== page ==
Stanley Kubrick’s Dr. Strangelove Or: How I Learned To Stop Worrying And Love The Bomb

2201 words - 9 pages

Stanley Kubrick’s 1964 film Dr. Strangelove or: How I Learned to Stop Worrying and Love the Bomb presents a satire of the Cold War and nuclear warfare. The film stars comedian Peter Sellers in three different roles, including the president, a Royal Air Force officer, and the title character of Dr. Strangelove—a character who does not play a major role in the action until the final scene of the film. The film itself was adapted by Stanley Kubrick, Peter George, and Terry Southern from George’s thriller novel Red Alert and was originally intended to be a drama, but was made into a satirical black comedy in the writing process (Webster 33). In the final scene, the leaders of the American government are gathered in the War Room awaiting nuclear fallout from the Soviet’s “Doomsday Machine,” since they had failed to completely prevent a nuclear strike called in by a paranoid general. The “Doomsday Machine” is a fictional deterrent that will irradiate the entire world and cause all human and animal life to go extinct for one hundred years if a nuclear bomb is detonated (Kagan 123). This analysis will focus on two persuasive speeches that are given by the title character, Dr. Strangelove—an enigmatic German scientist with an alien hand—and General Turgidson—a strong anti-Communist, American general with a strong distrust of the Soviet ambassador. In the first argument, Dr. Strangelove proposes to the President the idea of utilizing mine shafts to ensure the survival of the human race, supporting his claim with scientific reasoning and appealing to the government men’s sexual desires. In the second argument, General Turgidson strategically argues to avoid the “mine shaft gap,” in which the Soviets may use the destruction of the world as opportunity to overcome the Americans by taking over their mine shafts. In the original cut, the film was supposed to end in a custard pie fight between everyone in the war room, though this was cut for artistic and political reasons, since the film was released very shortly after the Kennedy assassination (Coyle 48-49).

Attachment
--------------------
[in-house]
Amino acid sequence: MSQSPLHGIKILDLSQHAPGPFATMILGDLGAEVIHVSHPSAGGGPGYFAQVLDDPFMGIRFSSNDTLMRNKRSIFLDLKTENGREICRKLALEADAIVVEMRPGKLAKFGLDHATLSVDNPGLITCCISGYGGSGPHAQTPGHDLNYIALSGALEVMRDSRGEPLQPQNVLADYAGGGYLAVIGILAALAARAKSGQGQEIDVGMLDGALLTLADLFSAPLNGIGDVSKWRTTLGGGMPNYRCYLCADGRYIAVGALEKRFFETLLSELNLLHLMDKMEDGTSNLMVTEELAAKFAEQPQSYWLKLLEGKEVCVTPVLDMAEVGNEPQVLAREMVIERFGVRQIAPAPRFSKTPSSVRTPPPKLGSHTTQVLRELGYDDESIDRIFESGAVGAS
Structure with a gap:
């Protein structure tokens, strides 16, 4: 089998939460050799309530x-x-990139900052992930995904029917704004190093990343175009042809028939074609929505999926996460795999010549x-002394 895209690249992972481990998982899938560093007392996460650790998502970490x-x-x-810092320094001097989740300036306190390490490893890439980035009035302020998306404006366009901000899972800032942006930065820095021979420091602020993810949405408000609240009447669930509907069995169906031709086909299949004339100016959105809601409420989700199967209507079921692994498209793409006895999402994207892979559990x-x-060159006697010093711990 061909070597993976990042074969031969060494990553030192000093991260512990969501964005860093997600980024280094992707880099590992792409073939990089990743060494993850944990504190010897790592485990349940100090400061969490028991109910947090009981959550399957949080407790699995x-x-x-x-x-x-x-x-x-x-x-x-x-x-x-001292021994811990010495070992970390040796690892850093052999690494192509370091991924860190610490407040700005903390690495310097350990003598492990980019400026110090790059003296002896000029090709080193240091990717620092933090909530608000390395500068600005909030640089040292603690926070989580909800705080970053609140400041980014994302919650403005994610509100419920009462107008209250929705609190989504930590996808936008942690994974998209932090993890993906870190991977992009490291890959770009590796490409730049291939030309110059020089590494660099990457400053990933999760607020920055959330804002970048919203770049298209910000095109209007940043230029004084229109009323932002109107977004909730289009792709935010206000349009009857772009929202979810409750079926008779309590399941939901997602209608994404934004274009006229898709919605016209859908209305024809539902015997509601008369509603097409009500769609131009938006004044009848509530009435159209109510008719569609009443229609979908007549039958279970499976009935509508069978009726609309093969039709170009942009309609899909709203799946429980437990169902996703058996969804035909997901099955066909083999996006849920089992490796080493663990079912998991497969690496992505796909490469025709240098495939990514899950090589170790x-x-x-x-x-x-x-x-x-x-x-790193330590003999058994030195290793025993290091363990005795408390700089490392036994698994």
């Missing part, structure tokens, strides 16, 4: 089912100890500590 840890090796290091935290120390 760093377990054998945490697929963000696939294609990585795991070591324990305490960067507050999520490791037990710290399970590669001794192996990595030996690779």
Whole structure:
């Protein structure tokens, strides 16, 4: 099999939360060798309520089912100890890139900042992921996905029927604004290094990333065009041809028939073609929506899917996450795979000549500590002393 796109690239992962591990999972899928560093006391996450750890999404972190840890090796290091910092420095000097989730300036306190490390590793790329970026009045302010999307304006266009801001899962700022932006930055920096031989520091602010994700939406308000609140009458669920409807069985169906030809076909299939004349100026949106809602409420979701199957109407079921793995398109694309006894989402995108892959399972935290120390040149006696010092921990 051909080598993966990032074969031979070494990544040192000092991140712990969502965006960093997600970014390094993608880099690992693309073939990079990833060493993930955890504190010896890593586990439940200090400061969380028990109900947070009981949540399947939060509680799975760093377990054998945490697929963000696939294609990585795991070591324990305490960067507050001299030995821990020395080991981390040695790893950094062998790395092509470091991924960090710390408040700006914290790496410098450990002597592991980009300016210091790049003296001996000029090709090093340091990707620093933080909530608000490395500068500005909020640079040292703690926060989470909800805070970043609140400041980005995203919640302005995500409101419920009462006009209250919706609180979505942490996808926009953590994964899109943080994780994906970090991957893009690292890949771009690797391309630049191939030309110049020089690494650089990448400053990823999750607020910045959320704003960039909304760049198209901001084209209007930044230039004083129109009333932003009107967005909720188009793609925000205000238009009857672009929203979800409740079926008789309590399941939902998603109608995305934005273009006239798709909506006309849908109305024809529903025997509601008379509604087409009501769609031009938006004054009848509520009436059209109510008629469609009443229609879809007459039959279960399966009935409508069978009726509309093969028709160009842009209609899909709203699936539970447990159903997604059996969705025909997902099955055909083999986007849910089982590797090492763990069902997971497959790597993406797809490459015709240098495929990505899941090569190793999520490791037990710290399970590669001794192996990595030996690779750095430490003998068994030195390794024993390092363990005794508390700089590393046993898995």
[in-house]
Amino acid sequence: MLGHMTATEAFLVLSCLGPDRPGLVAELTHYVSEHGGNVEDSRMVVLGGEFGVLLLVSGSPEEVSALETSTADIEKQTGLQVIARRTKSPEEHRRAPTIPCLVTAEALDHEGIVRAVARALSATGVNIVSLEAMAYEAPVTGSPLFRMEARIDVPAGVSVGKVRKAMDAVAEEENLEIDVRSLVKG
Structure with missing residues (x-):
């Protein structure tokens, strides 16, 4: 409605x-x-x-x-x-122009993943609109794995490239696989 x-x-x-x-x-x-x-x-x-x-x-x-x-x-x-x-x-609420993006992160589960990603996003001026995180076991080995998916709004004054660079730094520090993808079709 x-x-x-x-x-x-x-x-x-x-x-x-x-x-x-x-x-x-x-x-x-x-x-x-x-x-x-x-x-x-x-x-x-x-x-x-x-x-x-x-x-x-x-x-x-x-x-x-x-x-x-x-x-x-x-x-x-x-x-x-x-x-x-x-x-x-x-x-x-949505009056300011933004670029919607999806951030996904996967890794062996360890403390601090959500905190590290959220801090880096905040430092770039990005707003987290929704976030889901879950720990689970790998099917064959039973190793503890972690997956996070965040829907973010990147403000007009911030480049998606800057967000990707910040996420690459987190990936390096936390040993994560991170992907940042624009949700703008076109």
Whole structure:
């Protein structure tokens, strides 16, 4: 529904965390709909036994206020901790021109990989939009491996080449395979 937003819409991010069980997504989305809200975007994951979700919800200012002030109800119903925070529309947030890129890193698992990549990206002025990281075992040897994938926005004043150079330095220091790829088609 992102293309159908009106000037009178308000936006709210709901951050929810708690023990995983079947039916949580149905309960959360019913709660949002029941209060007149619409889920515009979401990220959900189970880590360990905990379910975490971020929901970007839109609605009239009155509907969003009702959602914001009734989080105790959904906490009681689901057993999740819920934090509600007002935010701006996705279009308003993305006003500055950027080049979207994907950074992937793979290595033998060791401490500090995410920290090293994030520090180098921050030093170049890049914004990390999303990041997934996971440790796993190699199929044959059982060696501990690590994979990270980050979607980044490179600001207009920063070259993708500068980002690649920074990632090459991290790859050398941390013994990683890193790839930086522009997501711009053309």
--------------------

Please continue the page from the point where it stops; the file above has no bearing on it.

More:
This rhetorical analysis will look at Dr. Strangelove’s argument, General Turgidson’s argument, and the argument that Stanley Kubrick is trying to make with both of these arguments on the absurd state of warfare. To do this I will look at the ways that each of these arguments use the Aristotelian appeals of pathos, logos, and ethos to convince their audience of their argument. Additionally, to supplement the Aristotelian appeals, I will look at the audiences in and outside of the film, the techniques Kubrick uses in relation to pathos, and the kairos of when the film was released theatrically.
In Dr. Strangelove’s argument for utilizing mine shafts to preserve “a nucleus of human specimens,” the audience includes the president of the United States as well as the other government leaders that are present in the War Room. His overall argument focuses on the scientific factors of maintaining human survivors...

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